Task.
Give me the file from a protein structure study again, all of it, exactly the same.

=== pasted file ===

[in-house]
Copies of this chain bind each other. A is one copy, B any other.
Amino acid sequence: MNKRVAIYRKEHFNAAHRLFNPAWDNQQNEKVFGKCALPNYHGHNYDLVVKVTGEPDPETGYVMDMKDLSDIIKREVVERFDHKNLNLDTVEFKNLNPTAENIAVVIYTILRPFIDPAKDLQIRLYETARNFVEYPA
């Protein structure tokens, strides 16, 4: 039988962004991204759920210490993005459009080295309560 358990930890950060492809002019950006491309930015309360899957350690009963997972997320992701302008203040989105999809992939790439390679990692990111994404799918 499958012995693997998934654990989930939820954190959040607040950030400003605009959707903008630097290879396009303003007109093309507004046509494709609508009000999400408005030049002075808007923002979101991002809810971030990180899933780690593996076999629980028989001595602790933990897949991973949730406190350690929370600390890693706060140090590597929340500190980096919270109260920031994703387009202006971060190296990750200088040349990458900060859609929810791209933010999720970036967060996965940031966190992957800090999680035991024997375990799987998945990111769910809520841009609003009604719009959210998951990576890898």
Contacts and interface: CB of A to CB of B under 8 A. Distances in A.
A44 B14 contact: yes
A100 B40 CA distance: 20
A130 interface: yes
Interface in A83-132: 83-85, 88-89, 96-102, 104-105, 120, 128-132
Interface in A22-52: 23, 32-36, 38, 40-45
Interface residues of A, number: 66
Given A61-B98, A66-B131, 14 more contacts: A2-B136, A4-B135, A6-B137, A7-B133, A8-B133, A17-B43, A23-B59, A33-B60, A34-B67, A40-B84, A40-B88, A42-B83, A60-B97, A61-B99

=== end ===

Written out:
[in-house]
Copies of this chain bind each other. A is one copy, B any other.
Amino acid sequence: MNKRVAIYRKEHFNAAHRLFNPAWDNQQNEKVFGKCALPNYHGHNYDLVVKVTGEPDPETGYVMDMKDLSDIIKREVVERFDHKNLNLDTVEFKNLNPTAENIAVVIYTILRPFIDPAKDLQIRLYETARNFVEYPA
């Protein structure tokens, strides 16, 4: 039988962004991204759920210490993005459009080295309560 358990930890950060492809002019950006491309930015309360899957350690009963997972997320992701302008203040989105999809992939790439390679990692990111994404799918 499958012995693997998934654990989930939820954190959040607040950030400003605009959707903008630097290879396009303003007109093309507004046509494709609508009000999400408005030049002075808007923002979101991002809810971030990180899933780690593996076999629980028989001595602790933990897949991973949730406190350690929370600390890693706060140090590597929340500190980096919270109260920031994703387009202006971060190296990750200088040349990458900060859609929810791209933010999720970036967060996965940031966190992957800090999680035991024997375990799987998945990111769910809520841009609003009604719009959210998951990576890898």
Contacts and interface: CB of A to CB of B under 8 A. Distances in A.
A44 B14 contact: yes
A100 B40 CA distance: 20
A130 interface: yes
Interface in A83-132: 83-85, 88-89, 96-102, 104-105, 120, 128-132
Interface in A22-52: 23, 32-36, 38, 40-45
Interface residues of A, number: 66
Given A61-B98, A66-B131, 14 more contacts: A2-B136, A4-B135, A6-B137, A7-B133, A8-B133, A17-B43, A23-B59, A33-B60, A34-B67, A40-B84, A40-B88, A42-B83, A60-B97, A61-B99